OBJECTIVES - The objectives of this cross-sectional study were to determine correlates of syphilis seroprevalence among HIV-infected and -uninfected antenatal attendees in an African multisite clinical trial, and to improve strategies for maternal syphilis prevention.
RESULTS - A total of 2,270 (86%) women were HIV-infected and 366 (14%) were HIV-uninfected. One hundred seventy-five (6.6%) were syphilis-seropositive (7.3% among HIV-infected and 2.6% HIV-uninfected women). Statistically significant correlates included geographic site (odds ratio [OR] = 4.5, Blantyre; OR = 3.2, Lilongwe; OR = 9.0, Lusaka vs. Dar es Salaam referent); HIV infection (OR = 3.3); age 20 to 24 years (OR = 2.5); being divorced, widowed, or separated (OR = 2.9); genital ulcer treatment in the last year (OR = 2.9); history of stillbirth (OR = 2.8, one stillbirth; OR = 4.3, 2-5 stillbirths); and history of preterm delivery (OR = 2.7, one preterm delivery).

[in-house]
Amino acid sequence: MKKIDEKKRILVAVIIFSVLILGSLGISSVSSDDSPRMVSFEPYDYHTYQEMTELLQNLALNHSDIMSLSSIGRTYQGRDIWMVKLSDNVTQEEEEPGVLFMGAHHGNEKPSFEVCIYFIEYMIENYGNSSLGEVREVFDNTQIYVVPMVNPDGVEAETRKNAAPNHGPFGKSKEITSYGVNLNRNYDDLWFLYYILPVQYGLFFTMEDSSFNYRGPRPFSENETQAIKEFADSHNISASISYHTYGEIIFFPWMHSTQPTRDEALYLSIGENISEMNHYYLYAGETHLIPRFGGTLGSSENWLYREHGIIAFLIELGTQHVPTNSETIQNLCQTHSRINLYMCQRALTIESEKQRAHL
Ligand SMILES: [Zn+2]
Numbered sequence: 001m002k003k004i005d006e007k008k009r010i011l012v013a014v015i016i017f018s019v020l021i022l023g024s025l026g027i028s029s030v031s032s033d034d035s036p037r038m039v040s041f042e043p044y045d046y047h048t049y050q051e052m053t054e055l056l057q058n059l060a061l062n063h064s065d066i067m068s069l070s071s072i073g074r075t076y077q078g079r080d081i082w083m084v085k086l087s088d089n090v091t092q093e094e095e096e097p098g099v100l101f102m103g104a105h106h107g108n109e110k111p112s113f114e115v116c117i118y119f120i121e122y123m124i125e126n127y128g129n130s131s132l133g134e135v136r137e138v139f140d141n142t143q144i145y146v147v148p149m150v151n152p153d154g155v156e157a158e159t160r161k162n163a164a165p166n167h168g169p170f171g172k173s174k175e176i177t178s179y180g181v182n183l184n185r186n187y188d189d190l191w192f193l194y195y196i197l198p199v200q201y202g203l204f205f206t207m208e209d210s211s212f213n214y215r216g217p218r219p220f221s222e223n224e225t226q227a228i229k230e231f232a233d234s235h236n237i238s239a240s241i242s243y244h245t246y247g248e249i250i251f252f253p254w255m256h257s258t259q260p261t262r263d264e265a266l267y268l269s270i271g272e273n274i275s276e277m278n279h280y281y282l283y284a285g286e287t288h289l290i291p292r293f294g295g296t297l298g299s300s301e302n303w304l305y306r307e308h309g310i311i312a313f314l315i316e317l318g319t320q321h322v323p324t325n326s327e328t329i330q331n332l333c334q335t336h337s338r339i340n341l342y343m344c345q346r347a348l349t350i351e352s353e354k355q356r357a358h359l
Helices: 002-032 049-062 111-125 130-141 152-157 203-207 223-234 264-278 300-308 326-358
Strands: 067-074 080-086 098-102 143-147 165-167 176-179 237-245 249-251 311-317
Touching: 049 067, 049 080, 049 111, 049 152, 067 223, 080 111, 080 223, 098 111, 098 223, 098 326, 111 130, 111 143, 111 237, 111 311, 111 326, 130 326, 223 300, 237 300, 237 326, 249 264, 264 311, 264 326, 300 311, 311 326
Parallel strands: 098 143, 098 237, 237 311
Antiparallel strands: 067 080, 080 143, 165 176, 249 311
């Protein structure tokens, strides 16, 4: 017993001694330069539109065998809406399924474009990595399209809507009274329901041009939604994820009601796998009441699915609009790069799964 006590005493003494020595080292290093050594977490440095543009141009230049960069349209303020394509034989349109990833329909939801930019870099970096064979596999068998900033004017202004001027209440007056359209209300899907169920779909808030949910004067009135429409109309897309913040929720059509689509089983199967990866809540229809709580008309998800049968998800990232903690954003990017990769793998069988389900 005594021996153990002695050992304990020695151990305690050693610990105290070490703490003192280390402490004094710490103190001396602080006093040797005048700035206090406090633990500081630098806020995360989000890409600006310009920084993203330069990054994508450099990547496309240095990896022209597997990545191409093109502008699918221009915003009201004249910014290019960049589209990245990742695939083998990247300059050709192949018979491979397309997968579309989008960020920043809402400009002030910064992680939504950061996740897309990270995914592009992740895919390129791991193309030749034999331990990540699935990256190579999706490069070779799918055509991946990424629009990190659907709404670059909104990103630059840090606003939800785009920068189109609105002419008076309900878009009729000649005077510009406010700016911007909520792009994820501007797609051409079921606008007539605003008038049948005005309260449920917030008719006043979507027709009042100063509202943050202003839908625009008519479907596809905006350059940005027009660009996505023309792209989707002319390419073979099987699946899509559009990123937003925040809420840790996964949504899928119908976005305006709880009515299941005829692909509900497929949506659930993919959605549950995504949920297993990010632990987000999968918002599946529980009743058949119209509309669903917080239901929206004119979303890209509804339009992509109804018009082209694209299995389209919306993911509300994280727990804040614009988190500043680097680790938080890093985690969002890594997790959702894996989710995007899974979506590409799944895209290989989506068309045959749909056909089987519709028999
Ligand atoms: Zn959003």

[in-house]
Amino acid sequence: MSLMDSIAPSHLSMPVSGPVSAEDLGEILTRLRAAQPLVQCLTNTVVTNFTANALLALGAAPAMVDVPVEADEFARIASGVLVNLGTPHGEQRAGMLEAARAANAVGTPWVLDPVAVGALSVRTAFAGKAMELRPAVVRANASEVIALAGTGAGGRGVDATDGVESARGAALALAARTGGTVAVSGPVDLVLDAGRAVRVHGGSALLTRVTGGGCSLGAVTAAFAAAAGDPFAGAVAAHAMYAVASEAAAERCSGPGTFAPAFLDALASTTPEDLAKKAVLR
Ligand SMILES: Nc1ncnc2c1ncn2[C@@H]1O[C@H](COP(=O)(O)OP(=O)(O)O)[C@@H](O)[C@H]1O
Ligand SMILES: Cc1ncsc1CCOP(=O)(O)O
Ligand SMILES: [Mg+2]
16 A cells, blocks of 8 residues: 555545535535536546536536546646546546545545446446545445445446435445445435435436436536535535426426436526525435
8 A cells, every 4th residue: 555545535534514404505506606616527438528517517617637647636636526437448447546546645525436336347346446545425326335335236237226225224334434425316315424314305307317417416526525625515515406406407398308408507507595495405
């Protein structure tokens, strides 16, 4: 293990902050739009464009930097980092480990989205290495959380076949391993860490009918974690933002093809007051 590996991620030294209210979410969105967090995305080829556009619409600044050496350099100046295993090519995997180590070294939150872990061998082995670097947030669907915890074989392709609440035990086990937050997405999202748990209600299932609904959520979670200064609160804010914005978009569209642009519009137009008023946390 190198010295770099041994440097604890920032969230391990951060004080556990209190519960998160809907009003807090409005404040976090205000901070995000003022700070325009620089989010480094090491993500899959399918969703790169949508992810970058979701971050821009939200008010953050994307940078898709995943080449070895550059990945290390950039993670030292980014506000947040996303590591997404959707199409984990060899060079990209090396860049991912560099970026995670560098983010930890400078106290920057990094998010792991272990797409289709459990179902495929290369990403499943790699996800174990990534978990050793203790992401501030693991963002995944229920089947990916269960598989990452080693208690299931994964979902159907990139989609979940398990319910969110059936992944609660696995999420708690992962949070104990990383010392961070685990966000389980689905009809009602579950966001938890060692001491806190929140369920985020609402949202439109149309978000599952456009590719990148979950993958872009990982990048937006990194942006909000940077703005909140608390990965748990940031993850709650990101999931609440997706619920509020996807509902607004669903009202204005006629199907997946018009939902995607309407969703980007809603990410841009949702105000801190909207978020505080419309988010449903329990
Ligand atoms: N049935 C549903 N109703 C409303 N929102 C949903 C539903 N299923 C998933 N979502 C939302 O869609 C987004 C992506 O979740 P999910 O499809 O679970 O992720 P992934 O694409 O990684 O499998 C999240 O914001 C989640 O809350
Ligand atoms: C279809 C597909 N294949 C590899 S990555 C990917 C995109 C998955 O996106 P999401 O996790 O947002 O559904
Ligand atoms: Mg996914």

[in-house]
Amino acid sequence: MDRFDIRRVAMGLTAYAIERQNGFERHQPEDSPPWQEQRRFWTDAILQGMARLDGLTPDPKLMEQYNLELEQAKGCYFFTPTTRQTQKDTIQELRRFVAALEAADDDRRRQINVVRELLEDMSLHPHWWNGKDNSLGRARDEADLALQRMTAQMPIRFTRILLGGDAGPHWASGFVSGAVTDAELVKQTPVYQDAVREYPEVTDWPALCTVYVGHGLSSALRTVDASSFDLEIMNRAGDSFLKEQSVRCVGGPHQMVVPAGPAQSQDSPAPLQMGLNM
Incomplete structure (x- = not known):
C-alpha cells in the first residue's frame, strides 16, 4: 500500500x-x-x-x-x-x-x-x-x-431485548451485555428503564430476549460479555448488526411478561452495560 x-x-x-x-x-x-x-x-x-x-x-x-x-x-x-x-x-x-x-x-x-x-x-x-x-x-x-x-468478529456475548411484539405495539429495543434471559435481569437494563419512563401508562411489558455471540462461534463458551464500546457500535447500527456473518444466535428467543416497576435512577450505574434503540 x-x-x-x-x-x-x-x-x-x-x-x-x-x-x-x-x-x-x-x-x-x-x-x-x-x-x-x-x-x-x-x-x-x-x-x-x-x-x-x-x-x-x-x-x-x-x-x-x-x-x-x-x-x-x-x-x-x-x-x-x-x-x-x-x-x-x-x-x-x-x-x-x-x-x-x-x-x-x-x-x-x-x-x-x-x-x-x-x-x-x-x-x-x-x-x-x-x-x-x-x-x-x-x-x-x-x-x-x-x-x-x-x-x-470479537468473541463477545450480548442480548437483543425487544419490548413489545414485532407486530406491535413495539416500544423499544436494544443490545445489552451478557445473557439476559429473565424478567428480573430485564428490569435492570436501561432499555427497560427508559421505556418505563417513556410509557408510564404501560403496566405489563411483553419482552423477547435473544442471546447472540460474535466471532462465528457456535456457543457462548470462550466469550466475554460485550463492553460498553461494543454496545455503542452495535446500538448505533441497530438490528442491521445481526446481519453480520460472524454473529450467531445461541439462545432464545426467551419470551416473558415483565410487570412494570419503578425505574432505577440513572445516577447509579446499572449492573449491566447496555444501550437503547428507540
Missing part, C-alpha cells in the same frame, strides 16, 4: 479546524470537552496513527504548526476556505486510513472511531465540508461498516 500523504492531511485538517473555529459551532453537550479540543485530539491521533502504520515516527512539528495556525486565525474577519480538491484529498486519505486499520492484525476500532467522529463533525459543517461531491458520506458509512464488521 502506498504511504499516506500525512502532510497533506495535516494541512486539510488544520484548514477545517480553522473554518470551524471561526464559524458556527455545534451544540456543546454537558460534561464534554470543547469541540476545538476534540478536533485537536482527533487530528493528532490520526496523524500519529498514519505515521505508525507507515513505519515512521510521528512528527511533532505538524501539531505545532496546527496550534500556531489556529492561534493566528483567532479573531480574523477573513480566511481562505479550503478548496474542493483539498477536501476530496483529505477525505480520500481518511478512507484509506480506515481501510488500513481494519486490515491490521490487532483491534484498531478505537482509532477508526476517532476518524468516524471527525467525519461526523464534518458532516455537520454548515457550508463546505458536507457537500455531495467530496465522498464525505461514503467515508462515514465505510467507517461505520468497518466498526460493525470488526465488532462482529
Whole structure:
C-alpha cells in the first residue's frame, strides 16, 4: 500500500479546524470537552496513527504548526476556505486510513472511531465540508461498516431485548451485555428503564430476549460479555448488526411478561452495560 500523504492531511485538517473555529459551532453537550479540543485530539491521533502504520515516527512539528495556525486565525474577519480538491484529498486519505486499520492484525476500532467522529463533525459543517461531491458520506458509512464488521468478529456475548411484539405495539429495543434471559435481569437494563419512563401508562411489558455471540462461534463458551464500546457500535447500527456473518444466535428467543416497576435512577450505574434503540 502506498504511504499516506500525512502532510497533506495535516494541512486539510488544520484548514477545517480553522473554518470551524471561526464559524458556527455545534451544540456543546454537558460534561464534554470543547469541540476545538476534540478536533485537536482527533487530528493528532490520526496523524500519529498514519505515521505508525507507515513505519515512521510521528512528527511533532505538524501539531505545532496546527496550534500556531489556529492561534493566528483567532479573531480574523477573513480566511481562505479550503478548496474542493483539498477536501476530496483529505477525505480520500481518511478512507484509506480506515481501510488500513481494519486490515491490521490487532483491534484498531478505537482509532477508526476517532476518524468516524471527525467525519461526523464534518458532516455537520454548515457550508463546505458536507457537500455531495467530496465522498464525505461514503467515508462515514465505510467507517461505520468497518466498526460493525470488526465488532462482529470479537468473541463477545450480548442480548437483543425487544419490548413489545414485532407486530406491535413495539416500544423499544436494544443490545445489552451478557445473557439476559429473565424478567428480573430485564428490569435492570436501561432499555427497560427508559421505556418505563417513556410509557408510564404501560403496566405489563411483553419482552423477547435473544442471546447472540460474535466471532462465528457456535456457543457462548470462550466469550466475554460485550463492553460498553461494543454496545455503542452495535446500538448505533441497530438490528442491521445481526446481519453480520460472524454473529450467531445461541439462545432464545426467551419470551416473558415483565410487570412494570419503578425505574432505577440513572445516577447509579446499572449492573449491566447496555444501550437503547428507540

CONCLUSION - Many women without identified risk factors were syphilis-seropositive. Younger HIV-infected women were at highest risk. Universal integrated antenatal HIV and syphilis screening and treatment is essential in sub-Saharan African settings.